Growing up, I knew who James Beard was in a casual sort of way. He was a famous chef who wrote cookbooks and appeared on television. I didn’t fully appreciate his significance, nor did I know how much we had in common. Recent events made me take another look at the great man and want to celebrate his legacy.
Beard was born in Portland, OR in 1903. He lived in my home state until he was in his 20s and had a great appreciation for the beauty of the Oregon coast. He also developed a great love of food, encouraged by his parents’ fondness for fresh ingredients and quality cooking.
He was also gay, a fact he realized by the age of seven and something he never tried to hide. This was very remarkable for his generation. He was kicked out of Reed College in 1922 because he was gay. (Anyone familiar with this quality school’s reputation for embracing the counter-culture will find that as strange and disappointing as I did.) I grew up gay in Oregon in the 70s and that was hard enough. Even though my grandmother says she knew I was gay when I was little, I buried myself in denial. While that spared me some of the difficulty that Beard encountered, I do regret the years I lost by not being able to be myself. Having discovered our shared roots, sexual orientation, love of good food, and enjoyment of Oregon’s coast, I wanted to know more.
I learned that he was interested in the theater, so he joined a traveling troupe. He honed his singing voice and his craft while enjoying the great food of Europe. He particularly fell in love with French cuisine. After Beard returned to the U.S., he found his acting ambitions frustrated, so he turned to his lifelong love and opened a catering company. He quickly rose to fame, appearing on television shows and publishing influential books on cooking. Just as Julia Child helped introduce French cooking to American homes, James Beard helped create the notion of truly American fine cuisine. As Child herself observed:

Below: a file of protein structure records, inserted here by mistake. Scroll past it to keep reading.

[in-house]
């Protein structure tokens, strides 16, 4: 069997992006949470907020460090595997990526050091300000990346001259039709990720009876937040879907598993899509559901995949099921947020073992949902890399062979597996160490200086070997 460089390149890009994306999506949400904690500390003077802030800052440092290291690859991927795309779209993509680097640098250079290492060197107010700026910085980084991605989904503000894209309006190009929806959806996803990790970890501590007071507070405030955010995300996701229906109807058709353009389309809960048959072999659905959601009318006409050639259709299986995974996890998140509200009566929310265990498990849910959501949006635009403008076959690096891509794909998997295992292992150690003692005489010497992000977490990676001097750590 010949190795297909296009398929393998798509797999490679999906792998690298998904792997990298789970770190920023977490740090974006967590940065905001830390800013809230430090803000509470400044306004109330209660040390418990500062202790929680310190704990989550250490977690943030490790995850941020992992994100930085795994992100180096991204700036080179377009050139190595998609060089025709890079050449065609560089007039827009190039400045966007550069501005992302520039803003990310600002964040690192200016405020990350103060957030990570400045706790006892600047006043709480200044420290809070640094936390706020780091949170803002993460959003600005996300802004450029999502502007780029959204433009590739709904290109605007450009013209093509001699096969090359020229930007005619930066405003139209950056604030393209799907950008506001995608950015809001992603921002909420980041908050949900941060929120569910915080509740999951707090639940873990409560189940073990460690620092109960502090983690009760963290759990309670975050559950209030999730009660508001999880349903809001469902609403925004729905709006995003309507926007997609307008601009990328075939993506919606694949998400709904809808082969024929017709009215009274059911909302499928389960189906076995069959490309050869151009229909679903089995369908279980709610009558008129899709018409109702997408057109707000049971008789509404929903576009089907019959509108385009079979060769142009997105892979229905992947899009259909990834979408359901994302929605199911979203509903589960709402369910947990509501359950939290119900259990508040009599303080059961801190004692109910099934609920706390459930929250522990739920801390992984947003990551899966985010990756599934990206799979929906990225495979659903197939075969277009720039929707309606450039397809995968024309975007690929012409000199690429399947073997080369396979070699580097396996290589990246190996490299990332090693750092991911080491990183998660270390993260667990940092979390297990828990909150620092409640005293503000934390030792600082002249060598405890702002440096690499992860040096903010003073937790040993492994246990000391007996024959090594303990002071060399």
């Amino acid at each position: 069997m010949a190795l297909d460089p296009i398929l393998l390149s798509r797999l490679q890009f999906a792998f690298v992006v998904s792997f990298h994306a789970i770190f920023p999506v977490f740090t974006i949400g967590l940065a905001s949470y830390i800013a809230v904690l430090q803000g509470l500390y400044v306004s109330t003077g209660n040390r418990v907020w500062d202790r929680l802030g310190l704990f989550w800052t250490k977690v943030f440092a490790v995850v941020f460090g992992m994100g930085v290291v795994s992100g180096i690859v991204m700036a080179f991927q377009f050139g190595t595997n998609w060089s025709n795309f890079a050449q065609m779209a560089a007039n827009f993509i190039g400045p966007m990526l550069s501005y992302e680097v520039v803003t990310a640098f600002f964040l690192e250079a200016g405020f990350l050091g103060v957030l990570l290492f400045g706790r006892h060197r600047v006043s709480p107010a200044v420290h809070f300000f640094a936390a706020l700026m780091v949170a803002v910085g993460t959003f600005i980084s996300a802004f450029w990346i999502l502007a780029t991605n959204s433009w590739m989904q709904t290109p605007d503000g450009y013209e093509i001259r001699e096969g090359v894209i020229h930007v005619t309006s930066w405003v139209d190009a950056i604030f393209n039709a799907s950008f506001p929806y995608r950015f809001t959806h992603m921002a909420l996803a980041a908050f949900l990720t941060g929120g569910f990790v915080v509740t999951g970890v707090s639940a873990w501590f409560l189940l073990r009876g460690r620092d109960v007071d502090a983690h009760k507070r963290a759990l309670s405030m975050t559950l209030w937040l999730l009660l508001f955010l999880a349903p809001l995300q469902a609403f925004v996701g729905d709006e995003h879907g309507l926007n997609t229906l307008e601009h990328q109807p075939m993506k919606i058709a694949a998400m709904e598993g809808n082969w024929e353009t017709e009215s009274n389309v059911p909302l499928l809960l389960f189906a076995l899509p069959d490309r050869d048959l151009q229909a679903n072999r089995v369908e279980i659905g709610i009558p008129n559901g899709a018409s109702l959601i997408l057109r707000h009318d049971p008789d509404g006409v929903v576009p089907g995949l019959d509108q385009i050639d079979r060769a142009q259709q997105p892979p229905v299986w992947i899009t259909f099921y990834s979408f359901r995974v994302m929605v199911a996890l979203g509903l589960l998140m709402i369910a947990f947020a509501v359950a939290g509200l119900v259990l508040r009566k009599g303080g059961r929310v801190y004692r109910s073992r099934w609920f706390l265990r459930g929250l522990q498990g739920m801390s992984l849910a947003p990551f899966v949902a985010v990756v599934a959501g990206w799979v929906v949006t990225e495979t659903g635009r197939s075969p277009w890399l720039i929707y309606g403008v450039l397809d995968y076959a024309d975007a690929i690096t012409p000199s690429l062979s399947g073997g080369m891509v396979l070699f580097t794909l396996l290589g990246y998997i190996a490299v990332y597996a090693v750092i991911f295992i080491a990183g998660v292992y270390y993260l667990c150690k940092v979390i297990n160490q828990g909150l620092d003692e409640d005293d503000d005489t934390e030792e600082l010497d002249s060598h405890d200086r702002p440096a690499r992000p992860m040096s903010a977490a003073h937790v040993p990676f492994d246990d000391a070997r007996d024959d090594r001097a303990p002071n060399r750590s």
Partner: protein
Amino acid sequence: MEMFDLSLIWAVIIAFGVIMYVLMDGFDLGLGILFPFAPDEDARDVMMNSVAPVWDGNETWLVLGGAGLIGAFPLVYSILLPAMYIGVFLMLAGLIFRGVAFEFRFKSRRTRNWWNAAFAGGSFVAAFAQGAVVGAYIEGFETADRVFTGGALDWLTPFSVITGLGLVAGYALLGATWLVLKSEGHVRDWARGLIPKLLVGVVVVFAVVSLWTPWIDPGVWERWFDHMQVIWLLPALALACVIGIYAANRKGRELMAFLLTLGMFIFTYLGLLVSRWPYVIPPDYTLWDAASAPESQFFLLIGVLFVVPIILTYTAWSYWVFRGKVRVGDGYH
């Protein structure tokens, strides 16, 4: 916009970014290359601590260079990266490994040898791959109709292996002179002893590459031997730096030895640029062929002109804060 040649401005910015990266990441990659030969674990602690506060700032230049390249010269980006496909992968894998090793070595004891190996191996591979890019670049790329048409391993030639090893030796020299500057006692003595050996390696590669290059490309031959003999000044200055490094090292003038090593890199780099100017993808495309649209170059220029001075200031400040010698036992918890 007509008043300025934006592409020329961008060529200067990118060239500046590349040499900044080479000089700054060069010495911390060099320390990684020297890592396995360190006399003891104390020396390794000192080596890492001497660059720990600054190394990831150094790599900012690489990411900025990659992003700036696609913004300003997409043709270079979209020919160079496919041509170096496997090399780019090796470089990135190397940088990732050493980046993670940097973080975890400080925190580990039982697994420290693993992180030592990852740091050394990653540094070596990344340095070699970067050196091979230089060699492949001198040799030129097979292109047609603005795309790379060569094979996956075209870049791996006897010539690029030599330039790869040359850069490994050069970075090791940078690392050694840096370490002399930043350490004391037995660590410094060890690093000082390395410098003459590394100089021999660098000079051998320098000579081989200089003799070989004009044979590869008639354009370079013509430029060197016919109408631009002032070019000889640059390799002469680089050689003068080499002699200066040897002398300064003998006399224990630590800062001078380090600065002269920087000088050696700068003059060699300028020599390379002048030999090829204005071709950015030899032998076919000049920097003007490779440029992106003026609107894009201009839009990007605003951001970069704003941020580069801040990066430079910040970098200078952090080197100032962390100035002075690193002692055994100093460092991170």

Beard was the quintessential American cook. Well-educated and well-traveled during his eighty-two years, he was familiar with many cuisines but he remained fundamentally American. He was a big man, over six feet tall, with a big belly, and huge hands. An endearing and always lively teacher, he loved people, loved his work, loved gossip, loved to eat, loved a good time.
He was also a philanthropist, helping found CityMeals-on-Wheels to feed the homebound elderly in New York, where he lived most of his adult life. After his death at the age of 82 (his ashes were scattered near Gearhart on the Oregon Coast), his friends and admirers — led by Julia Child — converted his home into a foundation. The James Beard Foundation provides scholarships to aspiring food professionals and champions the American culinary tradition that Beard helped create. Since 2001 the Beard Foundation has awarded over $2.2 million in scholarships and tuition waivers to young culinarians and career changers pursuing culinary studies.
The Foundation was rocked by scandal in 2004 and its head was imprisoned for grand larceny. The entire board resigned and the Foundation started from scratch under the leadership of Susan Ungaro. For her work in turning around the Foundation and her support of young Americans hoping to pursue a culinary education, Ungaro was recently honored with the Distinguished Citizen Award by the Boy Scouts of America. Ironically, that same group is notoriously anti-gay and would never have associated with the great James Beard. After being reminded by activist and commentator Michelangelo Signorile about the Scouts’ policies, Ungaro did the right thing: she refused the award.
While I support all the poverty and hunger-fighting programs of the Boy Scouts of America, including sending at-risk youth to camp, your report brought to my attention that accepting the Distinguished Citizen Award implied I support their anti-gay policy, which I absolutely do not… I have informed the Boy Scouts of America that I am rescinding my acceptance of the award.
Brava, Ms. Ungaro! Thank you for standing up against bravery and truly honoring the legacy of James Beard, whose foundation you lead. I’m sure he’s lifting a glass of wine in your honor with his trademark grin.